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Source: The Columbus Dispatch

Posted on February 20, 2012

The maintaining of passwords is something anyone who uses computers -- which is just about everyone -- wrestles with on a daily basis. You have one password to open your computer, another to do your banking online, another for some favorite online place where you shop and still another for putting books on hold at the library.

Conventional computing wisdom tells us not to use our birthdays or children's names, but I suspect that plenty of us do anyway. Once when I called technical support at a particular company, the tech-support guy gave me a temporary password of 123456 just to access my account. I'd change it later, I said to myself, but that was a year ago, and the password still works just fine. I should change it, I tell myself, and then I rationalize that if anyone wants access to that particular account, they can have it.

When I shopped for a new computer a few months ago, I passed on the ones that required a fingertips password. I'm a great fan of technology, so was naturally intrigued by the prospect. But I worried about a computer that wanted my fingertips' image to prove I was me.

First, there was something just creepy and Orwellian about it. On a more practical level, however, I worried that I might not figure out how to place my fingers in just the right spot, in just the right way, time after time, just to turn on my computer.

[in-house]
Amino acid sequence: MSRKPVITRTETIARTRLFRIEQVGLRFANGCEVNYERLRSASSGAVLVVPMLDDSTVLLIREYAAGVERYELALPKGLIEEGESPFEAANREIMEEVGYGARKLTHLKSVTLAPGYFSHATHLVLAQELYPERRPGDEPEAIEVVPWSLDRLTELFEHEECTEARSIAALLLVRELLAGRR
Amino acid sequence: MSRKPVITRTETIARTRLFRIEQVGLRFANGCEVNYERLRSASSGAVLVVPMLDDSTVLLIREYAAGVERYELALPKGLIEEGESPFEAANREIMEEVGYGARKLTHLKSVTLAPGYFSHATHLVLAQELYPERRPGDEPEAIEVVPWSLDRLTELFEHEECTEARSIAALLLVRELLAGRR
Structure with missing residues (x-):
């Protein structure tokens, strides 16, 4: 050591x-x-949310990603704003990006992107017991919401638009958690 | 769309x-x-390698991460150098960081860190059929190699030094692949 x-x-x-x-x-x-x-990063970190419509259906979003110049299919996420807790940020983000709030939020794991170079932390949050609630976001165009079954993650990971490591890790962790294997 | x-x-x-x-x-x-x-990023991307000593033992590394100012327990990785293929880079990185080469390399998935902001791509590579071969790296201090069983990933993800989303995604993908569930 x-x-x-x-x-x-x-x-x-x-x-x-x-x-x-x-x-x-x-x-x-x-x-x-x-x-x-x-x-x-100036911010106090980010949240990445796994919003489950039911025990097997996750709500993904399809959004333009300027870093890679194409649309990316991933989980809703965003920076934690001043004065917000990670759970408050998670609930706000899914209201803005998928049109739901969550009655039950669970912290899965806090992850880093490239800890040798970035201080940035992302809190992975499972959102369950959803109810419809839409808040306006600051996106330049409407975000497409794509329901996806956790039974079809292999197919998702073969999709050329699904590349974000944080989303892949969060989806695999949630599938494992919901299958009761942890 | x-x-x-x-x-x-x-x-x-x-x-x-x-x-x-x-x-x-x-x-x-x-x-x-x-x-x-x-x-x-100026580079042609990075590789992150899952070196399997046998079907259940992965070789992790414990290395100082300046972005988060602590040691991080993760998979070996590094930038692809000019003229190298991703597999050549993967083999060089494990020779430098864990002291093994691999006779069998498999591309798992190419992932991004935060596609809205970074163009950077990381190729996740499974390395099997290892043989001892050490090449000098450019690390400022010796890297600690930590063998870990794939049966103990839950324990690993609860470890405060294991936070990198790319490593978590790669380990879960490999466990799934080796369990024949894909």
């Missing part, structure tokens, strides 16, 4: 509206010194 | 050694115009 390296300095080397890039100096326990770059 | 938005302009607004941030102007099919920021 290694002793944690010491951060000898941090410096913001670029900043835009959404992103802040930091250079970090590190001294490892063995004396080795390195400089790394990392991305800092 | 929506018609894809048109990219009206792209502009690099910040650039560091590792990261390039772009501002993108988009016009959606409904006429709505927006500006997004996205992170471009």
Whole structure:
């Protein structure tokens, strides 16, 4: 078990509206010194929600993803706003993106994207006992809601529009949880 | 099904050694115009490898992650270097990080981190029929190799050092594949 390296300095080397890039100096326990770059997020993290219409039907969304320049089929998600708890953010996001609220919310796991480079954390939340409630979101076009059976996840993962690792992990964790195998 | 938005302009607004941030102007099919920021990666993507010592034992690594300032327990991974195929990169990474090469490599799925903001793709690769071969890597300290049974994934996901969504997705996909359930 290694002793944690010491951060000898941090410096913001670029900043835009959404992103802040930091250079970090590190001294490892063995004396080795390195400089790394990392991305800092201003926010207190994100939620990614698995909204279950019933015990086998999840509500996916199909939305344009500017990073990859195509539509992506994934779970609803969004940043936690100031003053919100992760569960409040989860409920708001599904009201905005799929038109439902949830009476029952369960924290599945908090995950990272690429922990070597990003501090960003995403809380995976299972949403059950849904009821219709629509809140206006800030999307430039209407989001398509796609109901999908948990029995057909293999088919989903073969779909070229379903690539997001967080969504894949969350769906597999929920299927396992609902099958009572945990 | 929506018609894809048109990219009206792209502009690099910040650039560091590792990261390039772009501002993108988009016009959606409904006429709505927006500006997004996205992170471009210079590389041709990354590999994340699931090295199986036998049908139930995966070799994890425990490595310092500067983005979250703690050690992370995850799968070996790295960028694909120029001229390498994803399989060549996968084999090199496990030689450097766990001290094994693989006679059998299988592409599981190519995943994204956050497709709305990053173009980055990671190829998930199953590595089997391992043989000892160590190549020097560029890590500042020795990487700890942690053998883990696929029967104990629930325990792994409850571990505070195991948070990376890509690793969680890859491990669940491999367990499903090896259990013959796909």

Now, researchers are looking at the possibility of using the human heartbeat as the secret key to security. Electrocardiograms indicate that each human heartbeat is unique. Researchers at National Chung Hsing University in Taichung, Taiwan, have devised a method through which the computer can pick up through the palms of the hands whether the individual possesses the heartbeat required to unlock a particular hard drive.

Again, this is a little strange, but for me, it has more appeal than the security method Microsoft is reportedly experimenting with for release with Windows 8. The latter is a sort of " name that picture" game in which the computer user would identify pictures of individuals known to them in order to unlock a computer or application. No cumbersome numbers or letters is the idea, but as one who wouldn't see said pictures, I don't mind a few cumbersome numbers and letters.

The requirement of physical eyesight for security isn't new. For years now, an ongoing dilemma for many blind and visually impaired computer users has been the captcha: the Completely Automated Public Turing test to tell Computers and Humans Apart). That's the name for that spot you sometimes come to when registering for a particular web site where it says, "Type the characters you see here."

Screen-reading software that translates computerized text to synthesized speech or Braille can't translate those characters because they are images, not text. Many sites, in response to loads of unhappy customer feedback, offer as an alternative an "audio captcha," a set of spoken letters which you type back to the site. In my experience, these are always so distorted that I can't begin to understand them for replication.

Captchas and pictures as gateways to technological security pose problems for some. Fingertips certainly pose barriers for others. The heartbeat method sounds like the closest solution to universal design in that everyone using a computer is going to have a heartbeat, but that, too, will probably pose difficulties for some individuals whose hands are missing or damaged.

My own solution is for all of us to stretch our brains and just deal with those cumbersome numbers and letters for unlocking our personal technological realms. Since newer, flashier methods are inevitable, here's hoping Microsoft, et al., remember the disability mantra that there is always more than one way of accomplishing a task.

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